Dear Mr. Sinnett,
The sad news from the Gebhards has reached us today. I feel so much for them all in their trouble that I cannot turn my thoughts to other things and so can only just thank you for your kind letter and tell you that H. P. B. is occupying herself with her Memoirs. If they are to be published now I certainly agree with you that they should be made as complete as possible and am using all my influence with Madame to make her write as much as she can. I have an ally here in Dr. Hartmann who is also of the same opinion. It seems that he also had had an idea of once writing H. P. B.'s life, and has collected some material which he will if you please send to you. We both think Mme. Jelihovsky's account is wonderfully dry reading — and that it should be interspersed with a little flowing language. Something in the style of Ghostland, a book so interesting that when you take it up it is with difficulty that you put it down again, or even Lord Bulwer's life, thrilling incidents told in a thrilling way. You see there is a halo of romance round Mme. Blavatsky and if her life is put before the public in a matter of fact way, the ideal Mme. B. will be forever lost.
If you want to run after the scientists you are running after a shadow. But if you want to create an enthusiasm in the minds of your readers concerning her and the system of thought advocated by Theosophy, the book should be written in a style touching not only the intellect but also the heart, offering at the same time nutriment to the imagination — but I am letting my pen run away with me.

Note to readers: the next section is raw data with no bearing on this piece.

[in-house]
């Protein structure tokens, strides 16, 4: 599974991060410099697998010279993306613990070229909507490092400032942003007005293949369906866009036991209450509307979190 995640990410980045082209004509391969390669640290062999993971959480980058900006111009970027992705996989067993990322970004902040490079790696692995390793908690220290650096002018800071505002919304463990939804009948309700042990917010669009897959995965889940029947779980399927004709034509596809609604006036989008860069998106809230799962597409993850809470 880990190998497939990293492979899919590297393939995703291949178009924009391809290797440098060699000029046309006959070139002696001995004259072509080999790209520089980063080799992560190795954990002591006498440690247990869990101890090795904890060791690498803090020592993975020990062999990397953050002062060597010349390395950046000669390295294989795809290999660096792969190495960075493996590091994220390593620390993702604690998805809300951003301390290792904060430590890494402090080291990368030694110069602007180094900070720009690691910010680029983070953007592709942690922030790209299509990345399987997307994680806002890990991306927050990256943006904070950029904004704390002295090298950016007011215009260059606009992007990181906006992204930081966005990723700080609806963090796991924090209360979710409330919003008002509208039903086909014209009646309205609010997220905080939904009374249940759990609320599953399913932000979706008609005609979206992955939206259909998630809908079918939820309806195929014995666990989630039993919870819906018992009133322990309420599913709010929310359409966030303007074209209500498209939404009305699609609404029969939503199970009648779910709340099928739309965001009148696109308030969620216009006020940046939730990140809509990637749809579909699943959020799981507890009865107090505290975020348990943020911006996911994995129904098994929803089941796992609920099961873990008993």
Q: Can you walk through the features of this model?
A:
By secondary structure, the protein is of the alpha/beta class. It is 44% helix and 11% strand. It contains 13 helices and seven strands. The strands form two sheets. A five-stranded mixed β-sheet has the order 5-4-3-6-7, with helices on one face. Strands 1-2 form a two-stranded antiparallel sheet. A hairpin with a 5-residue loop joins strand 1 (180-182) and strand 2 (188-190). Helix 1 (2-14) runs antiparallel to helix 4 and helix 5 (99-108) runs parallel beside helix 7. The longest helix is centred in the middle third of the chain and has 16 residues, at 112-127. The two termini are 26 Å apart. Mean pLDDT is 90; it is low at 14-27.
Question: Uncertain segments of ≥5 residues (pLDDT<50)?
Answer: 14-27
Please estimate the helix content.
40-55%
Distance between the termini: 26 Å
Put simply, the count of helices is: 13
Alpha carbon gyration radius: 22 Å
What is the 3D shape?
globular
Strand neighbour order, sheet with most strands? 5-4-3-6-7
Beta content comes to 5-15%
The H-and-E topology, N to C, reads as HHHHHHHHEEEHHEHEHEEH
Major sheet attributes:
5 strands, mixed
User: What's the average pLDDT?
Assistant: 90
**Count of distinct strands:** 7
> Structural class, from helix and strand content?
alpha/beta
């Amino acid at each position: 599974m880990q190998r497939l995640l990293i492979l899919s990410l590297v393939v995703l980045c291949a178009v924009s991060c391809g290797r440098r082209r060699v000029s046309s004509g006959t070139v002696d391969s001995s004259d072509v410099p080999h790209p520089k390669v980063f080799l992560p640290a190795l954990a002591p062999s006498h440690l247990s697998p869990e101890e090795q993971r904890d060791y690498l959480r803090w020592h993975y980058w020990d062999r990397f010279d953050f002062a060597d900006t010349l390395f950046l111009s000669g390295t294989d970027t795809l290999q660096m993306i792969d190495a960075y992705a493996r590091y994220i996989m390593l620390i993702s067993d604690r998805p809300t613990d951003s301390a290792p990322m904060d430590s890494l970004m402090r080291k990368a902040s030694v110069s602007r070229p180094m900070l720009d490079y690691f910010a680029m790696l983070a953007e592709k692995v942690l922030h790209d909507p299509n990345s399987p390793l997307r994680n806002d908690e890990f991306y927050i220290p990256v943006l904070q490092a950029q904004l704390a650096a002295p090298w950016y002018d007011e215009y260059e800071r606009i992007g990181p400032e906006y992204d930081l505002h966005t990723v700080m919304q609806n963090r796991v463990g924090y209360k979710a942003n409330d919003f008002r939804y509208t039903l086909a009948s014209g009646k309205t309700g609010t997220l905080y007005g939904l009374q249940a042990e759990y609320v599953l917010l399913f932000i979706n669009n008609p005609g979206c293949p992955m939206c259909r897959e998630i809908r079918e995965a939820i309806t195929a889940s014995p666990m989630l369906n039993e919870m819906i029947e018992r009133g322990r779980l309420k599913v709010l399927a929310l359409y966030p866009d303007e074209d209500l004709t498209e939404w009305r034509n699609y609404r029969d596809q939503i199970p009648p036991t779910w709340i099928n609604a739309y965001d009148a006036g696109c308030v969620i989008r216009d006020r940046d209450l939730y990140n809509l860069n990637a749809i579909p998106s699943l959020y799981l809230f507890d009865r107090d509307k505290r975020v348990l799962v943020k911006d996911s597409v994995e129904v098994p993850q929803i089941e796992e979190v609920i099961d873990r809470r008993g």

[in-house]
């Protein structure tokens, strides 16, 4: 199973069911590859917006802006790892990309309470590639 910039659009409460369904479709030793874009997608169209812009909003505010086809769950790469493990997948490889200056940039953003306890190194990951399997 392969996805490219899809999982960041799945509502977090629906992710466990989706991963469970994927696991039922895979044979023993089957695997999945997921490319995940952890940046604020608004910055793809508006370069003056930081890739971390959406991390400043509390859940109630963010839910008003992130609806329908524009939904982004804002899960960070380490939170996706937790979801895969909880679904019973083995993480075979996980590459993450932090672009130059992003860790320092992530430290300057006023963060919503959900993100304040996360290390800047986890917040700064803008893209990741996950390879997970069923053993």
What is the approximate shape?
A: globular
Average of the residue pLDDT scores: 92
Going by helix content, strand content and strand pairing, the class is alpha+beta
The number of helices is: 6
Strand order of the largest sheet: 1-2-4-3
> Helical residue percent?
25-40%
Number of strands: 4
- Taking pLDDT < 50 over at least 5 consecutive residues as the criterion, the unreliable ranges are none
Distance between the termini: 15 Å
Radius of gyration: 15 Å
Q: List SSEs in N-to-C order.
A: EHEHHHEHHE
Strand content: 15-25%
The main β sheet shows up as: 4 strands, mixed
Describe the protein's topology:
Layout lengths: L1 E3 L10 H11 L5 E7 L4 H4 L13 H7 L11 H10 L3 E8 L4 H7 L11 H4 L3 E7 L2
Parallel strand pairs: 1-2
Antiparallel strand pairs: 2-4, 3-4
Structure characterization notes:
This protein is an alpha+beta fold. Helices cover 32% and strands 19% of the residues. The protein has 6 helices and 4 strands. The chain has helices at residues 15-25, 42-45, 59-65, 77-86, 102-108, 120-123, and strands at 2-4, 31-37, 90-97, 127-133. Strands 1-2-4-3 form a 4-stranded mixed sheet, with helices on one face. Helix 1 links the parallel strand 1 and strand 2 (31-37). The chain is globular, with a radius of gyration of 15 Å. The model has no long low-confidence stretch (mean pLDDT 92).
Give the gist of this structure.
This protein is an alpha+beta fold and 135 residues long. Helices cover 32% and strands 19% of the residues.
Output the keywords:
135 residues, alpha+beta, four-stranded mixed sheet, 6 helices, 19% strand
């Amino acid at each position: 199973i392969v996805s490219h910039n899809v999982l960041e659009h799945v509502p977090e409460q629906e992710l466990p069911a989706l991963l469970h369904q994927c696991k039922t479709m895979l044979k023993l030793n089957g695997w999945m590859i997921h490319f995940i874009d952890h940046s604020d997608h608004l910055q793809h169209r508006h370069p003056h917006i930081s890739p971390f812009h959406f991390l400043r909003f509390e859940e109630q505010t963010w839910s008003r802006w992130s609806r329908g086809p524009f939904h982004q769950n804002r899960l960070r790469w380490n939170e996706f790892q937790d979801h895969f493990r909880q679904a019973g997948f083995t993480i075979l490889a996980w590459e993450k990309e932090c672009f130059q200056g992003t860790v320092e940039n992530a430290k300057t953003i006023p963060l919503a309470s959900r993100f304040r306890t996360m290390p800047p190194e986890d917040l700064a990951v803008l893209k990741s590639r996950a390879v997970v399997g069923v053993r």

The enclosed is a copy of a letter sent to Babajee — Madame attributed Walter's death to him — it is too horrible!!
Dr. Hartmann says if he can help you in any way with the Memoirs he will be very pleased to do so. He is now very much occupied with his books which are all to be published at Redways. I find that he has great occult knowledge and he is a man replete with common sense.
Madame sends you her love,
Ever yours sincerely,